Issue No. 3, Article 9/April 8, 2005
Extension center educators, unit educators, and unit assistants in northern, west-central, east-central, and southern Illinois prepare regional reports to provide more localized insight into pest situations and crop conditions in Illinois. The reports will keep you up to date on situations in field and forage crops as they develop throughout the season. The regions have been defined broadly to include the agricultural statistics districts as designated by the Illinois Agricultural Statistics Service, with slight modifications:
- North (Northwest and Northeast districts, plus Stark and Marshall counties)
- West-central (West and West Southwest districts, and Peoria, Woodford, Tazewell, Mason, Menard, and Logan counties from the Central district)
- East-central (East and East Southeast districts [except Marion, Clay, Richland, and Lawrence counties], McLean, DeWitt, and Macon counties from the Central district)
- South (Southwest and Southeast districts, and Marion, Clay, Richland, and Lawrence counties from the East Southeast district)
We hope these reports will provide additional benefits for staying current as the season progresses.
Since April 1, fieldwork has increased, with the main activities focusing on anhydrous ammonia application and secondary tillage. Also, most of the oats and alfalfa scheduled to be seeded in the region have been seeded. Other activities include primary tillage and application of preplant herbicides.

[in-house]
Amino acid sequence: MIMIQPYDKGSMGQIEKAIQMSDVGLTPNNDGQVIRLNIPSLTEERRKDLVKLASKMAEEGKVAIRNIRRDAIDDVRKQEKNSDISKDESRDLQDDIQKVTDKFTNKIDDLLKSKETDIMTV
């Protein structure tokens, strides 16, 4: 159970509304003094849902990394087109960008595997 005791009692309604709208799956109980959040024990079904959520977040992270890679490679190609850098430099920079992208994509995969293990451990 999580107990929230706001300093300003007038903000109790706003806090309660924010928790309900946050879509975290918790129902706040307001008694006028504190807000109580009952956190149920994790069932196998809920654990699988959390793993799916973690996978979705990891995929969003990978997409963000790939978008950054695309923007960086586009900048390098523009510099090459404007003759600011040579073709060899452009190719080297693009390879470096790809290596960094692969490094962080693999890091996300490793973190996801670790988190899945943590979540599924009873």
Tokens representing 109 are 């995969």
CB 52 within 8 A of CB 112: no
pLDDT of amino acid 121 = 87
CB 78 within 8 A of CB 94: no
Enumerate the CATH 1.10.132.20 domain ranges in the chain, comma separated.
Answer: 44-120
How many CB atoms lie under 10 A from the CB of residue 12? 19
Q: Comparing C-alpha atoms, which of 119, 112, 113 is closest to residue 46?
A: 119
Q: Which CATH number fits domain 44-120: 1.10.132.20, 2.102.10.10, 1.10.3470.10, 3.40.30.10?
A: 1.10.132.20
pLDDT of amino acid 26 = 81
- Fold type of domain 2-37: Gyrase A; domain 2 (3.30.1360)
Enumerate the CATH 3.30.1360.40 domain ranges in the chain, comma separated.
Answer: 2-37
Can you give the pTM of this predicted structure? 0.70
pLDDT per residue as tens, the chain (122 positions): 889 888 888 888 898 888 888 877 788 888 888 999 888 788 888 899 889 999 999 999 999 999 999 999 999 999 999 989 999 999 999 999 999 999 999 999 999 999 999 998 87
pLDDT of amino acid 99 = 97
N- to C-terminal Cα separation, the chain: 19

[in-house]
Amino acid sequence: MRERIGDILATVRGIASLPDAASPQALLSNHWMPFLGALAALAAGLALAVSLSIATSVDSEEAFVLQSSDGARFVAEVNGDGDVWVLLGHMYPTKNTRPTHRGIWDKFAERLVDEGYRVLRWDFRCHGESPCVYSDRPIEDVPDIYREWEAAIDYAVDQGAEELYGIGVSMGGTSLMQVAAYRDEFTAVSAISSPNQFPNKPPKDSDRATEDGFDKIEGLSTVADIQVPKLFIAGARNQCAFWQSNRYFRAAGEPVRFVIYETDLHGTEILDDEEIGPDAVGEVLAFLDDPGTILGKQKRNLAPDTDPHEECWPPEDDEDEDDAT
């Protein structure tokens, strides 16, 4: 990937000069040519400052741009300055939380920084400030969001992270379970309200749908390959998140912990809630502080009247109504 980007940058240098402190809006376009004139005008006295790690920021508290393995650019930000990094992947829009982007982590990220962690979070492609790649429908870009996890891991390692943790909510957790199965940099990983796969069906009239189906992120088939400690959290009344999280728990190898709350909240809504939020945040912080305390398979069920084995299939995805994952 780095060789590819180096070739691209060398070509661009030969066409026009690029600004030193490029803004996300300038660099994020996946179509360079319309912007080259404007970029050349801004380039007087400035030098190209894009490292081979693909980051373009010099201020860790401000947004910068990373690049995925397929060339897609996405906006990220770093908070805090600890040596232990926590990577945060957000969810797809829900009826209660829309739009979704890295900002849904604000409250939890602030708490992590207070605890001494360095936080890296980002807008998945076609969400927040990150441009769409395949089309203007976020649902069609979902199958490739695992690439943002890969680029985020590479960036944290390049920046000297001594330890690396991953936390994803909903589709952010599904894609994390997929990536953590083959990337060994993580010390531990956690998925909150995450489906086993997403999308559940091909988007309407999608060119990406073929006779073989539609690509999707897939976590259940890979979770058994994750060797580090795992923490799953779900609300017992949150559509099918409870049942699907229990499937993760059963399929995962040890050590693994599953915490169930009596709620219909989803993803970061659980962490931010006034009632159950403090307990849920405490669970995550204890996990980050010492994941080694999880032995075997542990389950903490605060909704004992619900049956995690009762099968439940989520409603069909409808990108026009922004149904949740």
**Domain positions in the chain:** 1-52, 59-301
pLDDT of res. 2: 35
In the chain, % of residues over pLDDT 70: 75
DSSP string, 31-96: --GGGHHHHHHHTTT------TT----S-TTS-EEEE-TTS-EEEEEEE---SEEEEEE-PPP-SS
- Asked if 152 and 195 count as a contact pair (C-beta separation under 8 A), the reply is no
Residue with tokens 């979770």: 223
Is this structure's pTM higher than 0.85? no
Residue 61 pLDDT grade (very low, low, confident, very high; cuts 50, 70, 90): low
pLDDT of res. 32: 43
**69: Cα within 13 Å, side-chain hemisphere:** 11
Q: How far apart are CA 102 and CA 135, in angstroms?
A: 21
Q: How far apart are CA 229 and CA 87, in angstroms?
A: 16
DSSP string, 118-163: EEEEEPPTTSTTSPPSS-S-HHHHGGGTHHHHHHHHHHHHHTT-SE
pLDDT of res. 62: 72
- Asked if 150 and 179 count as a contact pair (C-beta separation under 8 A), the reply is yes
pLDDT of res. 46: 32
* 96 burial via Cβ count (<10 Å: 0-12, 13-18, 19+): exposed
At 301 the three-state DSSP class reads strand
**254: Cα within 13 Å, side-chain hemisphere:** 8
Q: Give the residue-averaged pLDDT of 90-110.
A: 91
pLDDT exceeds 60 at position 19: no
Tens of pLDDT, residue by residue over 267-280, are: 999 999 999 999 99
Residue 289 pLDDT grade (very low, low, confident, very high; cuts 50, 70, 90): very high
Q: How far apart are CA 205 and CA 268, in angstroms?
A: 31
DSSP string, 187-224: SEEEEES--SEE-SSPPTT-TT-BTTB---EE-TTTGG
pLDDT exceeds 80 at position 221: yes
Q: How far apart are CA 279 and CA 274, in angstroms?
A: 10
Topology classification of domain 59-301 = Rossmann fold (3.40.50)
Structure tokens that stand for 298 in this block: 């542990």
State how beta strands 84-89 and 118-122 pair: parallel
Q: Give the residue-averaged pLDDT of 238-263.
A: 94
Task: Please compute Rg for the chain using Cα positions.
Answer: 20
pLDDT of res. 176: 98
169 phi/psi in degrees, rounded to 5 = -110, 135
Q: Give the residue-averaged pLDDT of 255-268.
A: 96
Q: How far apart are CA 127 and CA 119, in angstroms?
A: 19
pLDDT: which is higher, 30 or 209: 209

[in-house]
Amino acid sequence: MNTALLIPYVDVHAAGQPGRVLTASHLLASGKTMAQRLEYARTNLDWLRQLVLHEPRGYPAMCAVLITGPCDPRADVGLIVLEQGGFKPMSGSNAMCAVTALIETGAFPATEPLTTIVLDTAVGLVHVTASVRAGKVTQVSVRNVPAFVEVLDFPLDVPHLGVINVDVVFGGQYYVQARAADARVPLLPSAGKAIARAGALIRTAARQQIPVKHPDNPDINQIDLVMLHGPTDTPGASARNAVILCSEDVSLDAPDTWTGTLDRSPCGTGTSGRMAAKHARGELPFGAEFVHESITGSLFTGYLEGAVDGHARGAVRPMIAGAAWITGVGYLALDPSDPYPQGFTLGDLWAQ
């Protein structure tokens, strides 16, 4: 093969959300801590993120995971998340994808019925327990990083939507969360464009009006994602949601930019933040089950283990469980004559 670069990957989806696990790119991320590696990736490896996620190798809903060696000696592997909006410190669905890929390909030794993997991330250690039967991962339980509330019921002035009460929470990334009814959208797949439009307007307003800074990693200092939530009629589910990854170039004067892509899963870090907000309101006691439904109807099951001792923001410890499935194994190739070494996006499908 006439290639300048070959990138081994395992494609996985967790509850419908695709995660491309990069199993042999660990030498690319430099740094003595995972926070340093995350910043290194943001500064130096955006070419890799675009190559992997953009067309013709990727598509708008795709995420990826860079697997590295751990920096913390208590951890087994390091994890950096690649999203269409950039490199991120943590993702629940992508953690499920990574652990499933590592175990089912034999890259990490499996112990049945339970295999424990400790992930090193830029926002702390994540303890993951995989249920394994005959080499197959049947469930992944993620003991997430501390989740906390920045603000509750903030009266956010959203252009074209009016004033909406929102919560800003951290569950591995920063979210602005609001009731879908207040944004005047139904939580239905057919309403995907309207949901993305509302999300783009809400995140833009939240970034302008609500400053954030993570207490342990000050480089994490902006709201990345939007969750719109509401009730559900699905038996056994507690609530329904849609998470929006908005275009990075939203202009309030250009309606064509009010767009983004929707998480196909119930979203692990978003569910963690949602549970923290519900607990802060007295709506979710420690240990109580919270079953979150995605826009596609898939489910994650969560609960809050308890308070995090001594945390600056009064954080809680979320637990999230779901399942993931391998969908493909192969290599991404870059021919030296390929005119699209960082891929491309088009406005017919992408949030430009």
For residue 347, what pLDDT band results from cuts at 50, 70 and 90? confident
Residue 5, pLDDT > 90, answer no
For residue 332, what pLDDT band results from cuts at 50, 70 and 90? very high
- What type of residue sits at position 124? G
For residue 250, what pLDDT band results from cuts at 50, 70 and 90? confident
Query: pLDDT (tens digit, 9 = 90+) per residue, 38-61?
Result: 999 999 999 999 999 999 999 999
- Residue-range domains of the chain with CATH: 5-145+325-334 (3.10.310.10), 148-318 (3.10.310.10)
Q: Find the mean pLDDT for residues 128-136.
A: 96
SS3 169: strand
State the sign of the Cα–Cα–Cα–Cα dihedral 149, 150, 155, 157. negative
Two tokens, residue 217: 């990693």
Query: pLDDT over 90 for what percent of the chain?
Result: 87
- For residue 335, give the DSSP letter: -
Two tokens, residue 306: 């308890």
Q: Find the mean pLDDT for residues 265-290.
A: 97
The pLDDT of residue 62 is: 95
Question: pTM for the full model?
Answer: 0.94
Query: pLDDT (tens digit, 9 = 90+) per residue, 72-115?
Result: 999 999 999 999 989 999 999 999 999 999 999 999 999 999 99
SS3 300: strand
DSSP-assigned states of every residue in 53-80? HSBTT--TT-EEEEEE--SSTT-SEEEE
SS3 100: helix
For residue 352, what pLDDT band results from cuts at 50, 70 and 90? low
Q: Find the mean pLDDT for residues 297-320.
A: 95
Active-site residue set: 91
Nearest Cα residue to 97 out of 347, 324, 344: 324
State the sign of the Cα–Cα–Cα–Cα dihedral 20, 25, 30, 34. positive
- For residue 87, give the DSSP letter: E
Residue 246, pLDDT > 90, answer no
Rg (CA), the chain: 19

Wheat has greened up nicely because of the constant warmer temperatures; however, some fields are exhibiting small areas with reduced stands from winter injury.
Extension educators are monitoring several black cutworm moth traps throughout the region, but no moths have been captured to date.
No or minimal precipitation has allowed fieldwork to continue, but rainfall is expected throughout the region on April 6.
Field drying has occurred, and farmers are continuing with tillage and limited corn planting. We had rain in parts of southern Illinois the morning of April 6, and that will alter the schedule.
Wheat is at growth stage 5-6 and finally looking a little better. Some failed fields will be destroyed if conditions permit.
There have been some reports of small alfalfa weevil larvae actively feeding. Producers should scout for this pest.
Tillage and fertilizer/chemical applications seem to be the predominant activities this week. Soil is working excellent.
A few corn planters are running, although many have yet to start. If we receive no rain this week, there will be plenty of activity next week. The most progressive corn planting is on the westernmost side of the state.
Wheat is greening up and tillering well.
Mike Roegge, crops educator in the Adam/Brown Unit, caught his first black cutworm moth on Monday.
Anhydrous ammonia is in short supply at some terminals. On the western side of the state, trucks are waiting up to 4 hours to load. However, most producers have most, if not all, NH3 applied.